How long does it typically take before a case settles or goes to trial?
One of the biggest questions people have when deciding whether it’s worthwhile to pursue a personal injury claim is simply:
How long will my lawsuit take?
This question often comes up when it seems like everything is moving at a snail’s pace and the medical bills are piling up.
Unfortunately, there’s no easy answer because there are a number of factors that can affect the length of litigation. But we’ve done our best to provide you with a brief overview of litigation, including the average time each step takes and the factors that might speed up or slow down the process.
How Long Will My Injury Claim Take?
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It generally takes 1-3 years to reach a settlement or receive a verdict in a personal injury case
Every personal injury case is different. As a result, it’s impossible to accurately predict how long your personal injury case will take to be resolved.
Let’s take a closer look at some of the findings:
- On average, tort trials reached a verdict 25.6 months from the date the lawsuit was filed.
- Among tort trials, product liability trials had the longest case processing time (averaging 35.1 months), followed by medical malpractice cases (averaging 33.2 months).
- The vast majority of tort cases are resolved prior to trial (only about 3% are actually disposed of by jury or bench trial verdict).
Let’s take a look at each step of the litigation process, including the factors that might speed up or slow down each step.
Step 1: Engage an attorney
The general rule of thumb is that you should consider hiring an attorney if you suffered a serious physical injury or you sustained other damages that exceed the amount allowed in small claims court.
Keep in mind that most initial consultations are free, so there’s really no downside to meeting with an attorney.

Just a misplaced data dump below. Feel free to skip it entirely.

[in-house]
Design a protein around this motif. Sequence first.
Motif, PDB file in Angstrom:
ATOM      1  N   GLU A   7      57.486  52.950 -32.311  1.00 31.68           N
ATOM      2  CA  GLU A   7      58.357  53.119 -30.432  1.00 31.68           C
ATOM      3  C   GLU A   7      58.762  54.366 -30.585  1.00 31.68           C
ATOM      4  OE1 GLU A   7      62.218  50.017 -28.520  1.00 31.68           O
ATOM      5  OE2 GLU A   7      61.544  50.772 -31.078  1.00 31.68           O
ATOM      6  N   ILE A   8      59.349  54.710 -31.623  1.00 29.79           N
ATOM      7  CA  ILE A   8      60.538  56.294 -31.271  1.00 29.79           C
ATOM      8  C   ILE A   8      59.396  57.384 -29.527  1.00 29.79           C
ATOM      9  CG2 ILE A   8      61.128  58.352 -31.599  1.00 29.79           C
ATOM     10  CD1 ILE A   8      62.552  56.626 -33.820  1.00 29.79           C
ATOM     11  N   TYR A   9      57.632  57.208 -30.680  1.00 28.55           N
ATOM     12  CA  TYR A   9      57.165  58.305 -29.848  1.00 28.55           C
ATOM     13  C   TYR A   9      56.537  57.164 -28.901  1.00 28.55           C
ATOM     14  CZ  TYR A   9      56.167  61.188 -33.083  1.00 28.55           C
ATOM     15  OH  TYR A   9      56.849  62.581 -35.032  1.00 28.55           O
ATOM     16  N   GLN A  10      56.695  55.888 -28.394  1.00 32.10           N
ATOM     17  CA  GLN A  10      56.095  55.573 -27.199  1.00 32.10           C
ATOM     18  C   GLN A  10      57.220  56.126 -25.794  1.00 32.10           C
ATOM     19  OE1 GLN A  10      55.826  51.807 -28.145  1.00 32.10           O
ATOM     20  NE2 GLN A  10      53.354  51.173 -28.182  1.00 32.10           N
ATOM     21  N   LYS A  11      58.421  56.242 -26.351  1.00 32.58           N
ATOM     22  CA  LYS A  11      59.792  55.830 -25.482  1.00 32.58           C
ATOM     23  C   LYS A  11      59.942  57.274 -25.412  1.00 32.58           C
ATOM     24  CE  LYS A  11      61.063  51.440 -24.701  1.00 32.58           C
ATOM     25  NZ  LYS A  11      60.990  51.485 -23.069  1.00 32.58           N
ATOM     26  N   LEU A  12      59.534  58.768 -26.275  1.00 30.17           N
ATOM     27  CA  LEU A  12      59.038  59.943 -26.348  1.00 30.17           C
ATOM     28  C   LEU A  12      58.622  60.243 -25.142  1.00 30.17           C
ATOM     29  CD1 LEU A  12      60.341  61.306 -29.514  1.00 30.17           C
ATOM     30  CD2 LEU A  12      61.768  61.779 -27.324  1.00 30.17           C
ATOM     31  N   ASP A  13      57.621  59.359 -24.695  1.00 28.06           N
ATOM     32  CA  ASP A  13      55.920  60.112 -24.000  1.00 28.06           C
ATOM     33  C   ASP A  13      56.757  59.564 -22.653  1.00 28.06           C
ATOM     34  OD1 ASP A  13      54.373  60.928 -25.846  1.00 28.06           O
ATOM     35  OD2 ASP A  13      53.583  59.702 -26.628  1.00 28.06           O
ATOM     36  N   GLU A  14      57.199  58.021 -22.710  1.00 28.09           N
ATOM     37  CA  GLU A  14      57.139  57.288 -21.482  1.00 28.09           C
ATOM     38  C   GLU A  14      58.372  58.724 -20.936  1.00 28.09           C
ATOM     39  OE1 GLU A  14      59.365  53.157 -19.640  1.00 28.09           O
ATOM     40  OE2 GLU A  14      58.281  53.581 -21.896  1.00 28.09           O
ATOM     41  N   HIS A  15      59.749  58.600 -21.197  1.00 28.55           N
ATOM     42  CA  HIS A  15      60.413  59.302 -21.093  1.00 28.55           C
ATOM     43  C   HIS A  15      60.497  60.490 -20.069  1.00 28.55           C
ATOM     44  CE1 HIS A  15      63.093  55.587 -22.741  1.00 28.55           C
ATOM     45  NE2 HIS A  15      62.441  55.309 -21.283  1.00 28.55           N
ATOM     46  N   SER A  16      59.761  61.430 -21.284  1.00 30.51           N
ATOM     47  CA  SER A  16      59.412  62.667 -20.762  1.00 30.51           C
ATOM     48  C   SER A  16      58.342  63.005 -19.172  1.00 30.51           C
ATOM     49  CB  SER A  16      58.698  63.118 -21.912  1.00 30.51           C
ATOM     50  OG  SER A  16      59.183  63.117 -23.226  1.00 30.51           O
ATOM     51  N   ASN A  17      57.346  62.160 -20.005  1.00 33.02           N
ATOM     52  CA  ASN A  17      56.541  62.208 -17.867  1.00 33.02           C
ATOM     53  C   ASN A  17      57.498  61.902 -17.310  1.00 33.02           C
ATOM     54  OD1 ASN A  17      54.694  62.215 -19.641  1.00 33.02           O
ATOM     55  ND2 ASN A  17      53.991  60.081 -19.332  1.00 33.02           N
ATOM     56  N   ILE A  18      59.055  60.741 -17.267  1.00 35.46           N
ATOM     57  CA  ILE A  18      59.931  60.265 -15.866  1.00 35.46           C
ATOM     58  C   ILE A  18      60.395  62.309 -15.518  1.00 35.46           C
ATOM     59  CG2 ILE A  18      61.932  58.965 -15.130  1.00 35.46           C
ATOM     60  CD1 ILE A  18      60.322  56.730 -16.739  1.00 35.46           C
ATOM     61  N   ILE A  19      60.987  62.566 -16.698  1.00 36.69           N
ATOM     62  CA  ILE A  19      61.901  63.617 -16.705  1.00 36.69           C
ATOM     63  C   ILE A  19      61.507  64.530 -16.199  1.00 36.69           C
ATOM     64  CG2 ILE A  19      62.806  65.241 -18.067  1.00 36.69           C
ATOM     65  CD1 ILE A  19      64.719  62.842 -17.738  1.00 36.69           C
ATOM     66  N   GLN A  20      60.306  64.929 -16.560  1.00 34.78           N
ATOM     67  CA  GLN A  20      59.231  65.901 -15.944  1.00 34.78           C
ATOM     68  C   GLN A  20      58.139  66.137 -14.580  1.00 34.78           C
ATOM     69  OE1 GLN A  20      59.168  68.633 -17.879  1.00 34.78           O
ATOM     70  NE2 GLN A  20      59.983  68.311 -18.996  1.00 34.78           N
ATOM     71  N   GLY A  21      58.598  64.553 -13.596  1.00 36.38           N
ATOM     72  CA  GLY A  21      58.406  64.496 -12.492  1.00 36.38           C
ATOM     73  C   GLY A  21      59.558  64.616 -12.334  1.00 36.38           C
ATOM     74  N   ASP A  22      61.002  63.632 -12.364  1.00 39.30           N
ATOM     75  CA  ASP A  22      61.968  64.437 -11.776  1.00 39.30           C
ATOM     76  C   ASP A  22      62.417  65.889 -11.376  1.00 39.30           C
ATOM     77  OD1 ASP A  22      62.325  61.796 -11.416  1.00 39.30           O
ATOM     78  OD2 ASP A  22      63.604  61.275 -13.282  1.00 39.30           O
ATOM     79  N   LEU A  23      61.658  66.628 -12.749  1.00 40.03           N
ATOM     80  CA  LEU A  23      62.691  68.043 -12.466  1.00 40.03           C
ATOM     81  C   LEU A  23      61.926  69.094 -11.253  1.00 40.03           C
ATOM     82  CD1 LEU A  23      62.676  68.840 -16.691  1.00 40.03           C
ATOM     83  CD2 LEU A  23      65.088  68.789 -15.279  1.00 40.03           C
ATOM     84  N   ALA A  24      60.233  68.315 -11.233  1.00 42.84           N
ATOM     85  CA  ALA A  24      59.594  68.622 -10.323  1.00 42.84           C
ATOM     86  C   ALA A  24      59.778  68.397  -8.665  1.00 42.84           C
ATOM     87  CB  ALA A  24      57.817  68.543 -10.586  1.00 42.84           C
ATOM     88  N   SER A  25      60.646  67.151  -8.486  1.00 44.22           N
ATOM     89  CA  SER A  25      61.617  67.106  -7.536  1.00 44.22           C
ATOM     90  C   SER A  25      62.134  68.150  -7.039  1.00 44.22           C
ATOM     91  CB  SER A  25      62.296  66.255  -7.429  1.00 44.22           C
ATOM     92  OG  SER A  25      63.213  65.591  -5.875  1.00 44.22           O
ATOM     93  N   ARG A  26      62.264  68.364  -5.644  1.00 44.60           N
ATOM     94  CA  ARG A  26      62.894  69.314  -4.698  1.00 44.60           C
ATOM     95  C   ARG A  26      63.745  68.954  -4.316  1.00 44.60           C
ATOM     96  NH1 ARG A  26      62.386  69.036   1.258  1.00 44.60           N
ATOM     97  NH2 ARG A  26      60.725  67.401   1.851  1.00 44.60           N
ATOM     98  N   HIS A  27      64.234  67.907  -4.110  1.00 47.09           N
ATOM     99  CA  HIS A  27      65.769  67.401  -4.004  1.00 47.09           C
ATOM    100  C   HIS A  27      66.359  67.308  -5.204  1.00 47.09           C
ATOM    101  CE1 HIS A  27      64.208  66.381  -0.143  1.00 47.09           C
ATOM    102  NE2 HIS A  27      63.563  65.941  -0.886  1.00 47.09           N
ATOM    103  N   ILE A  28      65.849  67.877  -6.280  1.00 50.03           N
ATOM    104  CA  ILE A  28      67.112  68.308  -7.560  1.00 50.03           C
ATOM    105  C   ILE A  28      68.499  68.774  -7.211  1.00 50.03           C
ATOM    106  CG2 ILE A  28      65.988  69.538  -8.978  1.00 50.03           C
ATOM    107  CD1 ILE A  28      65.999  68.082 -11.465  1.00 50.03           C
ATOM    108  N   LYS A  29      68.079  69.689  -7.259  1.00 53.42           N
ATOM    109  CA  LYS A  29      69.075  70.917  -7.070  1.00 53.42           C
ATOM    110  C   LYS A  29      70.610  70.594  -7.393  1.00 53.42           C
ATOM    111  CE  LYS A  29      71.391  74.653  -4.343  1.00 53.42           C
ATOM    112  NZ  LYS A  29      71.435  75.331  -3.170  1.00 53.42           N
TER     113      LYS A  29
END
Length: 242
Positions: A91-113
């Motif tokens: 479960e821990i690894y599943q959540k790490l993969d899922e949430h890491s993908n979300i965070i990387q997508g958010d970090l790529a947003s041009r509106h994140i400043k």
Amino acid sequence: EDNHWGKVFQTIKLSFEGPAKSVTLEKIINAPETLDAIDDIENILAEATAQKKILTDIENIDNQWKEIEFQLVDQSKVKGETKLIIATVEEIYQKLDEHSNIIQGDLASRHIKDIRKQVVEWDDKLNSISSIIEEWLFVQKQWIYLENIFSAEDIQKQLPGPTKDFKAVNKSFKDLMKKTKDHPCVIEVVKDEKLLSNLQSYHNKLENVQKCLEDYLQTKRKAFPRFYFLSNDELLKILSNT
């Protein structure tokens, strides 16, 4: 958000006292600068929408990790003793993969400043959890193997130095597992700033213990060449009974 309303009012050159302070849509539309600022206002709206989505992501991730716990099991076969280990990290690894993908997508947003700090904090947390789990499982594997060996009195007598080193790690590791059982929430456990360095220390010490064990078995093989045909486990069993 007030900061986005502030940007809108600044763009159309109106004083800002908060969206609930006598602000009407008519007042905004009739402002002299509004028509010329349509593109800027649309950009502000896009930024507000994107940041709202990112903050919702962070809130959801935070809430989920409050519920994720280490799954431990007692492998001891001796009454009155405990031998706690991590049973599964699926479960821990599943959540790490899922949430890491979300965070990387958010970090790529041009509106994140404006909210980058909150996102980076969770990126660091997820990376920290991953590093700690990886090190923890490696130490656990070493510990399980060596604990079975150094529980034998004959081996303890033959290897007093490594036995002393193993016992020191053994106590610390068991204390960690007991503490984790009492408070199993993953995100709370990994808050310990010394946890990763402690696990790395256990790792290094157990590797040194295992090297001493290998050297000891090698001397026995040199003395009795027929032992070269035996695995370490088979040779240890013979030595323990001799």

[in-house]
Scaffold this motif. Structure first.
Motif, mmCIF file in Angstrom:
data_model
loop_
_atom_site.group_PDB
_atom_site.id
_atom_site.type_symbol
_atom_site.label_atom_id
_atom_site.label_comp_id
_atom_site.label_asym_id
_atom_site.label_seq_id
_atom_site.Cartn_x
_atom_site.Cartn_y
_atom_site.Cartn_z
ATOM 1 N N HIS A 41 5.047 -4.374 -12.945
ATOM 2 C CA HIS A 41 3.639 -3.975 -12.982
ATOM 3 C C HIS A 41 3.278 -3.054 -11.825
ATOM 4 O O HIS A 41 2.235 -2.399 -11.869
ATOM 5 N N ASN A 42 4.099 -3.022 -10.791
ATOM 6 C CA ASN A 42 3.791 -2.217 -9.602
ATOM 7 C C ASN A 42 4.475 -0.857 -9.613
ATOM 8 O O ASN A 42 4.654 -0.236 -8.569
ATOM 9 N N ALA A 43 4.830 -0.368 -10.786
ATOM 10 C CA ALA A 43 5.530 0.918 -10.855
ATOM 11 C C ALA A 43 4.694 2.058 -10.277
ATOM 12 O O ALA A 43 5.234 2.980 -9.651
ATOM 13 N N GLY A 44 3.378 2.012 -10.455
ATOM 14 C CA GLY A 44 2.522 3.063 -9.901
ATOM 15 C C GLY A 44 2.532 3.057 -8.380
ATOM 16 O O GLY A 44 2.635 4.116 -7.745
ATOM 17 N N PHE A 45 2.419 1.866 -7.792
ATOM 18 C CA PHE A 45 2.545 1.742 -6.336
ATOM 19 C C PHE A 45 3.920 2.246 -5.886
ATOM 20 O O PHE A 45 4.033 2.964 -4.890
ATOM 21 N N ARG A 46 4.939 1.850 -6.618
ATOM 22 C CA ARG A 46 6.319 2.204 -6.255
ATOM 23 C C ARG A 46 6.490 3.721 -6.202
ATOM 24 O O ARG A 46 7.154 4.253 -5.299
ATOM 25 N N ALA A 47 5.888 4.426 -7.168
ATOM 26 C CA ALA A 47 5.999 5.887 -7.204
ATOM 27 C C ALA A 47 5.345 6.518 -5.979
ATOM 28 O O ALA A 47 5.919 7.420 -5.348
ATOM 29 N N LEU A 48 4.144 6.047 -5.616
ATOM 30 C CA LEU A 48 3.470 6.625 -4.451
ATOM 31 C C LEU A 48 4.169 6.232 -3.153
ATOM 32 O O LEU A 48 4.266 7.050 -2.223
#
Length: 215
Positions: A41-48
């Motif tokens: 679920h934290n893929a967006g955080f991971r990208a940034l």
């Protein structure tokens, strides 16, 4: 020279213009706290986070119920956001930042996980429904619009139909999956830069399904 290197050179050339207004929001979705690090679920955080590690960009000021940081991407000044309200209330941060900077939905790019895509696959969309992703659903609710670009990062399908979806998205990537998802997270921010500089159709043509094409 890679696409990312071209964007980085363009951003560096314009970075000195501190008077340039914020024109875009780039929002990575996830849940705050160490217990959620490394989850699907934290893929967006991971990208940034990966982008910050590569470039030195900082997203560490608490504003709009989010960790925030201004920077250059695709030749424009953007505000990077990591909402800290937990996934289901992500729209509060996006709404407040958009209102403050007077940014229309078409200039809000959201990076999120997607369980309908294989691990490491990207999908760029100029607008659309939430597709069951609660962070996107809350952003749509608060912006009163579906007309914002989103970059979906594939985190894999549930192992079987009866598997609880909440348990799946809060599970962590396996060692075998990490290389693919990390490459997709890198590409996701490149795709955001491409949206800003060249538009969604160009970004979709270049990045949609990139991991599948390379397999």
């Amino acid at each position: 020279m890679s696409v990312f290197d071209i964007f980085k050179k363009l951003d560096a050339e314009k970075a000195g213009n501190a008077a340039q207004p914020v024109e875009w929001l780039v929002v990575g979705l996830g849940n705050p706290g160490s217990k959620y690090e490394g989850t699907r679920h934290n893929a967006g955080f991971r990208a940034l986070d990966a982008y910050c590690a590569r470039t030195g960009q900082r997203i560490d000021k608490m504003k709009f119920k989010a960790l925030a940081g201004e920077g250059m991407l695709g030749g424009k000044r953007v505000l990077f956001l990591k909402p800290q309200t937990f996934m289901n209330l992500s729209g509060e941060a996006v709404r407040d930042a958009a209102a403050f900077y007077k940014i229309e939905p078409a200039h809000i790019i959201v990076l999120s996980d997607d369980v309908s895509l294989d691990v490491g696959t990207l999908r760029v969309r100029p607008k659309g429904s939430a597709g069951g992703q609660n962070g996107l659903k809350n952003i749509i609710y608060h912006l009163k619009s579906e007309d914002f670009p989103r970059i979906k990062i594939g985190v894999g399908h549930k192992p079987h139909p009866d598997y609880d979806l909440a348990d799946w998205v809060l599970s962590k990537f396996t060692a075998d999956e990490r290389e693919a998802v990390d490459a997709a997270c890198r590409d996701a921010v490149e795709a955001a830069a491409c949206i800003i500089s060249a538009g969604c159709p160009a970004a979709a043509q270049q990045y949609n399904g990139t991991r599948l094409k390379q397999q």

Lawyers are busy, so it may take a couple of weeks to meet with an attorney after reaching out. What’s more, the first attorney you meet with might not be the right attorney for you. For these reasons, it’s a good idea to start the process of engaging an attorney as soon as possible.
Step 2: Starting the case
A civil lawsuit doesn’t officially begin until you:
- File a complaint with the proper court and pay the associated filing fee, and
- Serve the defendant with a copy of the complaint and summons.
A complaint sets forth the facts of your case, the defendant’s liability, and how much money you’re demanding. A summons is simply a document that notifies the defendant that they’re being sued.
One of the first things your lawyer will do after agreeing to represent you is to determine the relevant statute of limitations. The statute of limitations determines the amount of time a plaintiff has to file a lawsuit. The statute of limitations for personal injury cases varies by state, but is generally somewhere between 1-3 years.
Keeping the statute of limitations in mind, your lawyer will begin drafting the complaint. It typically takes anywhere from 1 week to 1 year for your lawyer to draft a complaint and serve the defendant.
Here are some factors that may impact how long it takes to draft a complaint and serve the defendant:
- The complexity of the case, including the number of defendants
- Whether or not your lawyer makes the strategic decision to negotiate before filing the complaint
- Whether or not your lawyer has trouble serving the defendants (e.g., sometimes defendants can’t be located or attempt to evade service)
Step 3: Discovery process
The term “discovery” is used to describe the pre-trial process of exchanging information between parties to a lawsuit. This information may include:
- Police reports
- Medical records
- Security footage
- Company emails